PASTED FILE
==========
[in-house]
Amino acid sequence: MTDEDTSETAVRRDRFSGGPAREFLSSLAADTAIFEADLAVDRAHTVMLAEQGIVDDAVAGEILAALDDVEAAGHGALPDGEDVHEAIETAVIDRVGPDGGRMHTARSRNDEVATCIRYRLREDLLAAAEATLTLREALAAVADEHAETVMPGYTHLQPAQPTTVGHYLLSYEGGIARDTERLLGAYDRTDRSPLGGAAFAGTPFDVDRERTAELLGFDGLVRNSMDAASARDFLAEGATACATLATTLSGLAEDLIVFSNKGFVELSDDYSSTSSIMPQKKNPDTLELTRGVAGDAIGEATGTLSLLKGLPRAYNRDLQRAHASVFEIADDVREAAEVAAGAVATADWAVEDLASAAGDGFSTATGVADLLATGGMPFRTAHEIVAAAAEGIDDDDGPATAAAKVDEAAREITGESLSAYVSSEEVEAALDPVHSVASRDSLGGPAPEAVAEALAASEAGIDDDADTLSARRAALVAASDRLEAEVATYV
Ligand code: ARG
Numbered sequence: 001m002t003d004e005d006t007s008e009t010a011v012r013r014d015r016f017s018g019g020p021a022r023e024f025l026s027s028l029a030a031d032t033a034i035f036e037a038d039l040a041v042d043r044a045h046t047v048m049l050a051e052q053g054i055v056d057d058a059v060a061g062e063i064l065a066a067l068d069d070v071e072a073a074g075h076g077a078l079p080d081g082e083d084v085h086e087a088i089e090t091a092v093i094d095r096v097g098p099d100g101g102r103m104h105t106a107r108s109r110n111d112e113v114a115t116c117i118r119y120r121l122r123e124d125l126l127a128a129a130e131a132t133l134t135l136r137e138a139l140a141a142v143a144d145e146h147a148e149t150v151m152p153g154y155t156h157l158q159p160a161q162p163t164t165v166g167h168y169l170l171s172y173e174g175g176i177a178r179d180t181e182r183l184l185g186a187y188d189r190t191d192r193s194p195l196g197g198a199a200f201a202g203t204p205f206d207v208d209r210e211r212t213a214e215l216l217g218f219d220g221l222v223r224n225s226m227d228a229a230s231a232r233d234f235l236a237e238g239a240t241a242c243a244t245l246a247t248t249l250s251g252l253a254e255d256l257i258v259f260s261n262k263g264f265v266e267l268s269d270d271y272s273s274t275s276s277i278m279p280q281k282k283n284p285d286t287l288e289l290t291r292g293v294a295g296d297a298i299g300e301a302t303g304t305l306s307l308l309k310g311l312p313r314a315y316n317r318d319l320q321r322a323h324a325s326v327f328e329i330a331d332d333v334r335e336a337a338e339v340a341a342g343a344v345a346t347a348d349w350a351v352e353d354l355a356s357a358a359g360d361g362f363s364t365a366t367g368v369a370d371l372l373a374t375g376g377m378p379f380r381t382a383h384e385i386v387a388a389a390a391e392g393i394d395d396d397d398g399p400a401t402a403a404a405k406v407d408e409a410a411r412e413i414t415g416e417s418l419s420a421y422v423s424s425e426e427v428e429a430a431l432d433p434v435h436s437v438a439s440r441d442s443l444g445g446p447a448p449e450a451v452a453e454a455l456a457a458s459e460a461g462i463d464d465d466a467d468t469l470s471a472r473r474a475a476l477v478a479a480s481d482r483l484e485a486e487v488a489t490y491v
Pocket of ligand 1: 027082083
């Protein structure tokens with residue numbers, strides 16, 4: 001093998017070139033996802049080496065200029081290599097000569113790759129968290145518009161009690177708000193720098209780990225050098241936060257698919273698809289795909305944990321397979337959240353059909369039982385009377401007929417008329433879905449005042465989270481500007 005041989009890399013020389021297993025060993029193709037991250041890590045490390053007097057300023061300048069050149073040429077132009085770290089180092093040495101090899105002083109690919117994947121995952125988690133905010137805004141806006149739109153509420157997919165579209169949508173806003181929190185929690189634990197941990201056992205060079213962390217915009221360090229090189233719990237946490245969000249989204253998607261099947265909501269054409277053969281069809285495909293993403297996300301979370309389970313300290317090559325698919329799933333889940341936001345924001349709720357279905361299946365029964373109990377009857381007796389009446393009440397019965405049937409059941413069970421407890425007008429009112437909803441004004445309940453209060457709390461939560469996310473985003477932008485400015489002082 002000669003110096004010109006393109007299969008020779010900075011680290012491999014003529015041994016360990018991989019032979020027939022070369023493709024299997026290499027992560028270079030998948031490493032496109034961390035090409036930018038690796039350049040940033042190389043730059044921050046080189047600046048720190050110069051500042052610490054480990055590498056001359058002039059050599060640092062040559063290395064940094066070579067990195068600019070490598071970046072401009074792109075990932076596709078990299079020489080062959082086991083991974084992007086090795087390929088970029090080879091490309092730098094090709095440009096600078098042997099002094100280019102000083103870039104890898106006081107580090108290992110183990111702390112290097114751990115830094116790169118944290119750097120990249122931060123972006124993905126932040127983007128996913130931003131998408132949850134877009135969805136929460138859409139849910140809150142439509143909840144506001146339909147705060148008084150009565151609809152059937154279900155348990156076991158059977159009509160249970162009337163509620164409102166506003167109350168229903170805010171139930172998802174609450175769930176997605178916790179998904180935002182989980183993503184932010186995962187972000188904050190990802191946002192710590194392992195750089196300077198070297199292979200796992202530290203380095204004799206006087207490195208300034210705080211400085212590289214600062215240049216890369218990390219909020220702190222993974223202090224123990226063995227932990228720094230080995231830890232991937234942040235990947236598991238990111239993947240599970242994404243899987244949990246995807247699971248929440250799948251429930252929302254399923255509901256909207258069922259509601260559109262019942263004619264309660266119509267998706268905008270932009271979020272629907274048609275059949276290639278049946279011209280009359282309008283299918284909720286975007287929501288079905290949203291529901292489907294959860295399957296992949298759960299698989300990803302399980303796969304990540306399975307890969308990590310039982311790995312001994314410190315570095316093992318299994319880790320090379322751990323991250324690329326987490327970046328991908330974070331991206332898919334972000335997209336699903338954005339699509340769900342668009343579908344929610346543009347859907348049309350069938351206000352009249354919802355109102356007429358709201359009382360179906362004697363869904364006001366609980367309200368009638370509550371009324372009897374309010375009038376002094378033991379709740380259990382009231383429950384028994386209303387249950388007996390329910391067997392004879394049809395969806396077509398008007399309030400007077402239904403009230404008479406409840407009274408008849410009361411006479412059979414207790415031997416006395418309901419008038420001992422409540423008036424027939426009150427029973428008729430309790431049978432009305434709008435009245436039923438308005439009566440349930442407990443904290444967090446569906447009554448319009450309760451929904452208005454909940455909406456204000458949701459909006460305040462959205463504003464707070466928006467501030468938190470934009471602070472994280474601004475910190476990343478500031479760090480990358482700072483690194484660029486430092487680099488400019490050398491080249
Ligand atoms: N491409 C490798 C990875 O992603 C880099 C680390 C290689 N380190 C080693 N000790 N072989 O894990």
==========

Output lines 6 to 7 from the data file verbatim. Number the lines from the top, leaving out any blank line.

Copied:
């Protein structure tokens with residue numbers, strides 16, 4: 001093998017070139033996802049080496065200029081290599097000569113790759129968290145518009161009690177708000193720098209780990225050098241936060257698919273698809289795909305944990321397979337959240353059909369039982385009377401007929417008329433879905449005042465989270481500007 005041989009890399013020389021297993025060993029193709037991250041890590045490390053007097057300023061300048069050149073040429077132009085770290089180092093040495101090899105002083109690919117994947121995952125988690133905010137805004141806006149739109153509420157997919165579209169949508173806003181929190185929690189634990197941990201056992205060079213962390217915009221360090229090189233719990237946490245969000249989204253998607261099947265909501269054409277053969281069809285495909293993403297996300301979370309389970313300290317090559325698919329799933333889940341936001345924001349709720357279905361299946365029964373109990377009857381007796389009446393009440397019965405049937409059941413069970421407890425007008429009112437909803441004004445309940453209060457709390461939560469996310473985003477932008485400015489002082 002000669003110096004010109006393109007299969008020779010900075011680290012491999014003529015041994016360990018991989019032979020027939022070369023493709024299997026290499027992560028270079030998948031490493032496109034961390035090409036930018038690796039350049040940033042190389043730059044921050046080189047600046048720190050110069051500042052610490054480990055590498056001359058002039059050599060640092062040559063290395064940094066070579067990195068600019070490598071970046072401009074792109075990932076596709078990299079020489080062959082086991083991974084992007086090795087390929088970029090080879091490309092730098094090709095440009096600078098042997099002094100280019102000083103870039104890898106006081107580090108290992110183990111702390112290097114751990115830094116790169118944290119750097120990249122931060123972006124993905126932040127983007128996913130931003131998408132949850134877009135969805136929460138859409139849910140809150142439509143909840144506001146339909147705060148008084150009565151609809152059937154279900155348990156076991158059977159009509160249970162009337163509620164409102166506003167109350168229903170805010171139930172998802174609450175769930176997605178916790179998904180935002182989980183993503184932010186995962187972000188904050190990802191946002192710590194392992195750089196300077198070297199292979200796992202530290203380095204004799206006087207490195208300034210705080211400085212590289214600062215240049216890369218990390219909020220702190222993974223202090224123990226063995227932990228720094230080995231830890232991937234942040235990947236598991238990111239993947240599970242994404243899987244949990246995807247699971248929440250799948251429930252929302254399923255509901256909207258069922259509601260559109262019942263004619264309660266119509267998706268905008270932009271979020272629907274048609275059949276290639278049946279011209280009359282309008283299918284909720286975007287929501288079905290949203291529901292489907294959860295399957296992949298759960299698989300990803302399980303796969304990540306399975307890969308990590310039982311790995312001994314410190315570095316093992318299994319880790320090379322751990323991250324690329326987490327970046328991908330974070331991206332898919334972000335997209336699903338954005339699509340769900342668009343579908344929610346543009347859907348049309350069938351206000352009249354919802355109102356007429358709201359009382360179906362004697363869904364006001366609980367309200368009638370509550371009324372009897374309010375009038376002094378033991379709740380259990382009231383429950384028994386209303387249950388007996390329910391067997392004879394049809395969806396077509398008007399309030400007077402239904403009230404008479406409840407009274408008849410009361411006479412059979414207790415031997416006395418309901419008038420001992422409540423008036424027939426009150427029973428008729430309790431049978432009305434709008435009245436039923438308005439009566440349930442407990443904290444967090446569906447009554448319009450309760451929904452208005454909940455909406456204000458949701459909006460305040462959205463504003464707070466928006467501030468938190470934009471602070472994280474601004475910190476990343478500031479760090480990358482700072483690194484660029486430092487680099488400019490050398491080249
Ligand atoms: N491409 C490798 C990875 O992603 C880099 C680390 C290689 N380190 C080693 N000790 N072989 O894990």